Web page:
She held Eric tightly as she screamed for her mother.

But there was no time.

Abby ran for the Jeep, flung the door open and scrambled inside with Eric still in her arms. She started the engine and lay on the horn. “Come on, Mom, we gotta go.” Another few seconds and it’d be too late.

What the fuck am I supposed to do? Can’t leave the baby in the car alone—can’t stay here.

She snapped the seatbelt around them both and, with a final glance at the house and the fireball about to destroy it, she hit the gas.

The flaming boulder slammed into the house and exploded on impact, the force of it pushing the Jeep forward with its back end off the ground.

They spun around, and—by some miracle—didn’t flip over as they crashed through the bushes, ending up a couple of streets over.

Abby sat there a moment, sobbing and clutching Eric.

Her phone rang, startling her, and she fished around on the passenger seat for it.


“Abby, where are you?”

“My mom— She-she’s gone…”


“I’ve got him.” She kissed the top of their son’s head, trying to hold herself together. “He’s safe. What’s happening?”

“We’re under attack.”

“Attack?” She shook her head even though he couldn’t see her. “From meteors?”

“Sort of,” his voice softened. “Look, it’s classified. Just get to our spot and I’ll explain.”

“Is it safe there?”

“Safer than where you are now. It looks like the populated areas are the heaviest hit. Now, go. I’ll meet you there.”

The phone went dead.

Abby glanced up at the sky, still black, still raining down the fiery rocks, but none coming her way. She hopped out and quickly strapped Eric into his car seat in the back. “It’s okay, baby boy, we’re going to be okay.”

Eric fussed, unhappy, when she got back in.

“Bun-bun,” he cried, reaching over the side of his seat.

She leaned over and snatched up the stuffed bunny that must’ve fallen out of his diaper bag earlier. “Here you go, big guy, now let’s go find Daddy.”

With Eric settled, she got back in and headed out of the neighborhood, once again grateful for her four-wheel drive. The streets were a mess, crammed with traffic, pockets of fire, and people staggering around, dazed and injured.

She divided her attention between watching the skies and the roads as she made her way out of the city. Several times she’d had to change direction to avoid the meteors, and it was several hours before she made it to the mouth of the canyon.

Lance had been right, she realized as she paused to look out over the valley before heading into the mountains. Engulfed in smoke and flames, the city had fallen.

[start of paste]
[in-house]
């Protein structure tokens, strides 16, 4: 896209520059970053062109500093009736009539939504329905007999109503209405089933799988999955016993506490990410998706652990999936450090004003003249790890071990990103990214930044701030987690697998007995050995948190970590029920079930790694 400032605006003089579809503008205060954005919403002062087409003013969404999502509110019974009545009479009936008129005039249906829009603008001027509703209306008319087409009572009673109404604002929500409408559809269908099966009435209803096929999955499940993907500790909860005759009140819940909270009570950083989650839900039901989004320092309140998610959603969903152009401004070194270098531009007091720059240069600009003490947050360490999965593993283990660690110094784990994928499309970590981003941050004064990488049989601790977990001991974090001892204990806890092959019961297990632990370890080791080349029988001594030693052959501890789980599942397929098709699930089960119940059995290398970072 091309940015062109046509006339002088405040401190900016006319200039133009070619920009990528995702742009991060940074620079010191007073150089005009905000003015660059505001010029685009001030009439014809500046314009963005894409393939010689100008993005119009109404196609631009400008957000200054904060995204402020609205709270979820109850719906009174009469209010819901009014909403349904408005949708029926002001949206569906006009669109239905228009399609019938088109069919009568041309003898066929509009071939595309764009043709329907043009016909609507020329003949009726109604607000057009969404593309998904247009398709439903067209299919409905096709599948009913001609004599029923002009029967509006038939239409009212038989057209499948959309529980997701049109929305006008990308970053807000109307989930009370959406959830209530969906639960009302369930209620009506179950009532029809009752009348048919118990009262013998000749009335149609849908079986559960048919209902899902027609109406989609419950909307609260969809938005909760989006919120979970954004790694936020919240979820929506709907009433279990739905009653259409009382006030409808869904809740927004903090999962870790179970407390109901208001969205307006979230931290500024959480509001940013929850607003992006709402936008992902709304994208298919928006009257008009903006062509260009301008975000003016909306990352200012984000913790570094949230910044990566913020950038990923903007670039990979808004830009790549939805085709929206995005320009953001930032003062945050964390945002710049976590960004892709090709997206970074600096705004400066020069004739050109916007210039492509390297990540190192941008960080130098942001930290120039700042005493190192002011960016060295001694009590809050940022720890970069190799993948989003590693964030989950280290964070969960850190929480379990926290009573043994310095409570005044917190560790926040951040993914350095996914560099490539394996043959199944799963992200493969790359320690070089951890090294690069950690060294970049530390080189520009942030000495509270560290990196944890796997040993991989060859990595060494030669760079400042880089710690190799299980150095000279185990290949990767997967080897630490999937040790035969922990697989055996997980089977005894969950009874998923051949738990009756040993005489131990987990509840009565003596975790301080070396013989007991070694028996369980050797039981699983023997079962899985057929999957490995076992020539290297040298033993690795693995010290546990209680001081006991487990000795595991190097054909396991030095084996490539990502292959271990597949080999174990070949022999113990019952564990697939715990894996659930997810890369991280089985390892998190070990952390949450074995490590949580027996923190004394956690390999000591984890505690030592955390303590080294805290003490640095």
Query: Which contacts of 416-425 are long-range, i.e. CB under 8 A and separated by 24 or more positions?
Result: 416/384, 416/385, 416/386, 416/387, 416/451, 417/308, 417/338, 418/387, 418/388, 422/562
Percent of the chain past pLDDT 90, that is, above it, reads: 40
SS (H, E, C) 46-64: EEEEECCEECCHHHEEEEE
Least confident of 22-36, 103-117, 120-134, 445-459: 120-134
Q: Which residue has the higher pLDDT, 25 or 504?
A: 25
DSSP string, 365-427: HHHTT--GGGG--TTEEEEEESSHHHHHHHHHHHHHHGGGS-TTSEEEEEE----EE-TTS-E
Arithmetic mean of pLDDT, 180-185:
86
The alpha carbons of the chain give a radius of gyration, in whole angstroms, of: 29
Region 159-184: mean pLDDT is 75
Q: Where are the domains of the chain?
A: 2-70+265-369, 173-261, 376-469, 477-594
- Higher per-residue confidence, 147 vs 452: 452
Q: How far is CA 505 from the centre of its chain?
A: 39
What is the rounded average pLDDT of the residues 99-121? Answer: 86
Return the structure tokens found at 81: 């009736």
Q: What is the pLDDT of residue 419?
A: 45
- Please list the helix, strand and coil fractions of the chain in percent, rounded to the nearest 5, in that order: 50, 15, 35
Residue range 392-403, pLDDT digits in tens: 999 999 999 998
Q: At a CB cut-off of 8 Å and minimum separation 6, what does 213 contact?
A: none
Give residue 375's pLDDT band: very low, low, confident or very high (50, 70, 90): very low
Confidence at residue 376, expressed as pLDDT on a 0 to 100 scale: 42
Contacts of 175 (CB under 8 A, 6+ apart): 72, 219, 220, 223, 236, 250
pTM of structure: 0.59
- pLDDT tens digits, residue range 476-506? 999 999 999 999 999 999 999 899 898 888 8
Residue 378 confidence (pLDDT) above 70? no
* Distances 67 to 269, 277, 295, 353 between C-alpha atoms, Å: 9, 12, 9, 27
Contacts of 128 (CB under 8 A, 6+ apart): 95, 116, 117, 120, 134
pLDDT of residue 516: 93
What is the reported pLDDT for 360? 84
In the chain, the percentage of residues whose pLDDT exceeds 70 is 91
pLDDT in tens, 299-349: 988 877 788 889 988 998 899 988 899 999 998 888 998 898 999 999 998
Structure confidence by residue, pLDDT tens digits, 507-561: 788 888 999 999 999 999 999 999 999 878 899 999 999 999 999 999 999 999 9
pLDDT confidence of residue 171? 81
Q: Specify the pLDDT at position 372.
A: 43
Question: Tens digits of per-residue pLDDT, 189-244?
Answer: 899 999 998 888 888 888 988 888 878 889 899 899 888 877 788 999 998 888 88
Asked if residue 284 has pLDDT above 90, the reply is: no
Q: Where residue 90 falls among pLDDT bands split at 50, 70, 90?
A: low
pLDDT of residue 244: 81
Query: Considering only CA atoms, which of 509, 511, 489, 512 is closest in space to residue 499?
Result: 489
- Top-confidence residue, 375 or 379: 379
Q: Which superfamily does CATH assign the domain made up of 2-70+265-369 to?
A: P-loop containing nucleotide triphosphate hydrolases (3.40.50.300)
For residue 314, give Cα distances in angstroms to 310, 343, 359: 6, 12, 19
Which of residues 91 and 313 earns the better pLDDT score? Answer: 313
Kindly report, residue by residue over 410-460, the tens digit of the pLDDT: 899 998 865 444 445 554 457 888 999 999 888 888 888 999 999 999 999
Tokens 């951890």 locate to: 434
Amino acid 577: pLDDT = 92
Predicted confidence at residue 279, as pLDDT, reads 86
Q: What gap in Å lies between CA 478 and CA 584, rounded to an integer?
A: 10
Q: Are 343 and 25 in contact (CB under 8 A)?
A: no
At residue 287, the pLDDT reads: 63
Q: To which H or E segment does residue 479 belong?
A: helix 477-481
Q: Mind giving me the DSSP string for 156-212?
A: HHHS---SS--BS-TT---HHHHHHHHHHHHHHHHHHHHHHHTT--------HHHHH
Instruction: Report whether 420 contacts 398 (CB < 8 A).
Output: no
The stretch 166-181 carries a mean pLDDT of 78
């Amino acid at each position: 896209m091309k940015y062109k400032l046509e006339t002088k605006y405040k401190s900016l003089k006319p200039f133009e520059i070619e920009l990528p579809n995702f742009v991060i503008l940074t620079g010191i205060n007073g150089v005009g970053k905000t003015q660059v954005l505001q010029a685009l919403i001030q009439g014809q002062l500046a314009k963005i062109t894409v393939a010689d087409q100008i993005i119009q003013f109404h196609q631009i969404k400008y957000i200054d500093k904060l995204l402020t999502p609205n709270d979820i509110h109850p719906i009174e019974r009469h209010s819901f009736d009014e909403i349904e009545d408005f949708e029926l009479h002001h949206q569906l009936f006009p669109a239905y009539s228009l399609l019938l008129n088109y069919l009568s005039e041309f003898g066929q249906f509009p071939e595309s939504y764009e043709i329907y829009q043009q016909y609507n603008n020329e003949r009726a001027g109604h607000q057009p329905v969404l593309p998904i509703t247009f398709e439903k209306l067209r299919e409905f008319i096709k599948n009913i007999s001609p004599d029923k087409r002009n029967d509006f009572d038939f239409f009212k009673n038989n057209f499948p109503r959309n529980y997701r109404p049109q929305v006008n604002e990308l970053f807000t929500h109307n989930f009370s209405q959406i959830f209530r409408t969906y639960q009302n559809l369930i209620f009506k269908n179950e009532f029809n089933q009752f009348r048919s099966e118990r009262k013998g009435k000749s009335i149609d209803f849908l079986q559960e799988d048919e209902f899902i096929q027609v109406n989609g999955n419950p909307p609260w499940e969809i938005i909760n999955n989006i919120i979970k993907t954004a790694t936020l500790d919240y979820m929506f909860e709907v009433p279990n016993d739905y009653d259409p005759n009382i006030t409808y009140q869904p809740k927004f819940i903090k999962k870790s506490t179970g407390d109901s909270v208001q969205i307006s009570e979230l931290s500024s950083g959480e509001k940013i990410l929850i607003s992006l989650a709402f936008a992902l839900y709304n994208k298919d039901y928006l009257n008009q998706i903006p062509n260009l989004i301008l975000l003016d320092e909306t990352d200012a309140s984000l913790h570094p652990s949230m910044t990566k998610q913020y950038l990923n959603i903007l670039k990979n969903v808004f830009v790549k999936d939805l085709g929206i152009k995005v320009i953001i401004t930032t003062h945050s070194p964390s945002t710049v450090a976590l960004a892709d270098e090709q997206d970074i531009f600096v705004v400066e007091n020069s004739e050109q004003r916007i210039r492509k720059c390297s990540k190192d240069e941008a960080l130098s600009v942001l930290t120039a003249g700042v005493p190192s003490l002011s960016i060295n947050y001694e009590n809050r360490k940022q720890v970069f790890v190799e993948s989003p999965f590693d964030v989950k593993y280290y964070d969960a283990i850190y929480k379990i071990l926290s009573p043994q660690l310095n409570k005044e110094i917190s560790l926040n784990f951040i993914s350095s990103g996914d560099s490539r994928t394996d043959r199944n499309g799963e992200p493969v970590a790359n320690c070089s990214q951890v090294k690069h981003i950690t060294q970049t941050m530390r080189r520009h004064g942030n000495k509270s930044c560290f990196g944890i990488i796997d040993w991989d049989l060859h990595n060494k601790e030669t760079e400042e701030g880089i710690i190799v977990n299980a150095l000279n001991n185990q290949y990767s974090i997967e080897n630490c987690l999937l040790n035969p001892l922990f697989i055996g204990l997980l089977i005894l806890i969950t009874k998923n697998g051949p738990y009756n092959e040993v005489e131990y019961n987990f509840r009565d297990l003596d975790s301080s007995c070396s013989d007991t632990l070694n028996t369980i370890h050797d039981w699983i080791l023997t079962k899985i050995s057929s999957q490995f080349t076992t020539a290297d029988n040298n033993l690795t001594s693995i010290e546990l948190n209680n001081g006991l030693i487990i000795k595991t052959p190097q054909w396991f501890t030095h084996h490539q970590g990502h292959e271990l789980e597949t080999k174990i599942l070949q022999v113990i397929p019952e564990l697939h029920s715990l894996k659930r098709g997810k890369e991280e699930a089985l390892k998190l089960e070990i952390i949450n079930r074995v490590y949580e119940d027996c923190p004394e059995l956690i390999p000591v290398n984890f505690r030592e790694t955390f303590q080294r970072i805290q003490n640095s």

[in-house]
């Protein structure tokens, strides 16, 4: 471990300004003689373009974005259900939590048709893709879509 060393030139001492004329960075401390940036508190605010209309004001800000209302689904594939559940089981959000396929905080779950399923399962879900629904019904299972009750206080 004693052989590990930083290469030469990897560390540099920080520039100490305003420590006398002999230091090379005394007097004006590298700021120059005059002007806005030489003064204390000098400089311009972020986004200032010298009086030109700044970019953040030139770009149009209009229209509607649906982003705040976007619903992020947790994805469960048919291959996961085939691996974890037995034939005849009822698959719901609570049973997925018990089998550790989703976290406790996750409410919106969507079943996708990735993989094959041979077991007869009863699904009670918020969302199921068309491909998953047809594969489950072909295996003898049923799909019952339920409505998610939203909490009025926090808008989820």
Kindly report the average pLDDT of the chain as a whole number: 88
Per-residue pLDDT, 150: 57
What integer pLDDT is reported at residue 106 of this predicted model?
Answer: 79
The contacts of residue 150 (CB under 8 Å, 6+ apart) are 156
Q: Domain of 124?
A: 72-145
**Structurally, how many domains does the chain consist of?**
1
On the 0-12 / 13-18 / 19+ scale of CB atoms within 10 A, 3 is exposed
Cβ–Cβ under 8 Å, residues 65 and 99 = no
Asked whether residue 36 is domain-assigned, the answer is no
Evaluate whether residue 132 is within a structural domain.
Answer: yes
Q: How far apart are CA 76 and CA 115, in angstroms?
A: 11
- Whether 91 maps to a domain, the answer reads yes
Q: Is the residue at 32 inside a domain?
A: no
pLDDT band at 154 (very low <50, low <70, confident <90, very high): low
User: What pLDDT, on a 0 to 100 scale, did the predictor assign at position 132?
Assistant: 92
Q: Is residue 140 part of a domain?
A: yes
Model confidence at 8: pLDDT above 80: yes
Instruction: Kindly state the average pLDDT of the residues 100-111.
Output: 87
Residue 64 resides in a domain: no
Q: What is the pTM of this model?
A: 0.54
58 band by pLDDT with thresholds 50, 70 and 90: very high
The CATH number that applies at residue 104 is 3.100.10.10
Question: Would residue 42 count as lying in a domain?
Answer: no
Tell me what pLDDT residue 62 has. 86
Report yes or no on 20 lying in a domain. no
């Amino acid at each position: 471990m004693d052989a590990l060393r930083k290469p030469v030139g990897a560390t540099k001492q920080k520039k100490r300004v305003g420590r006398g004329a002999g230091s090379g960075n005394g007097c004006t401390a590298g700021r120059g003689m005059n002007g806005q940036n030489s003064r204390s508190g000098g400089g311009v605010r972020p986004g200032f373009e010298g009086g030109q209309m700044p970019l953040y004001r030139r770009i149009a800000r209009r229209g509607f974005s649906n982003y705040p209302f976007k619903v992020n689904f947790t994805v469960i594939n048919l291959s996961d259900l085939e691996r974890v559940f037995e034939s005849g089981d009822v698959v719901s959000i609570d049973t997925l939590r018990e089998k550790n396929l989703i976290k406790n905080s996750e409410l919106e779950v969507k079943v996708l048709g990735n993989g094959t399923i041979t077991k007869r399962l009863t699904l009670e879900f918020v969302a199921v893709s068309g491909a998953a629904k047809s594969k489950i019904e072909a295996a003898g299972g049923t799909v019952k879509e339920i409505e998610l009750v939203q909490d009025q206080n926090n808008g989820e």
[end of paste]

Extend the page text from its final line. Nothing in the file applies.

Ahead, in the mountains, there were only a few rising columns of smoke.

She drove toward the campground they frequented during the summer months, praying it’d be safe. The further from the burning ruins of the city she got, the clearer the air, and the better she felt.

“Almost there, baby,” she said, talking more to herself than Eric.

A little while later, she pulled into the campground. As late as it was in the season, it was deserted, the ground covered in dead leaves, and a brisk chill in the air.

She parked and got out to look around. It’d be dark soon, and there wasn’t a soul in sight. Not a sound coming from anywhere. She went to the back of her Jeep for the emergency kit Lance always insisted she carry. She’d never had occasion to use it, but was glad now for his foresight.

She hadn’t changed anything out in the year he’d been gone, so all the baby supplies were for an infant, rather than a toddler. Still, as she removed a too small diaper and a can of formula, she was beyond grateful that Eric would be taken care of.

After she’d changed him and made a bottle, she got back in the Jeep to wait for Lance. She had no cell signal here, no way to know how long he’d be, but she knew he’d come.

Picture of Jodi Jensen

Jodi Jensen

Jodi Jensen grew up moving from California, to Massachusetts, and a few other places in between, before finally settling in Utah at the ripe old age of nine. The nomadic life fed her sense of adventure as a child and the wanderlust continues to this day. With a passion for old cemeteries, historical buildings and sweeping sagas of days gone by, it was only natural she’d dream of time traveling to all the places that sparked her imagination.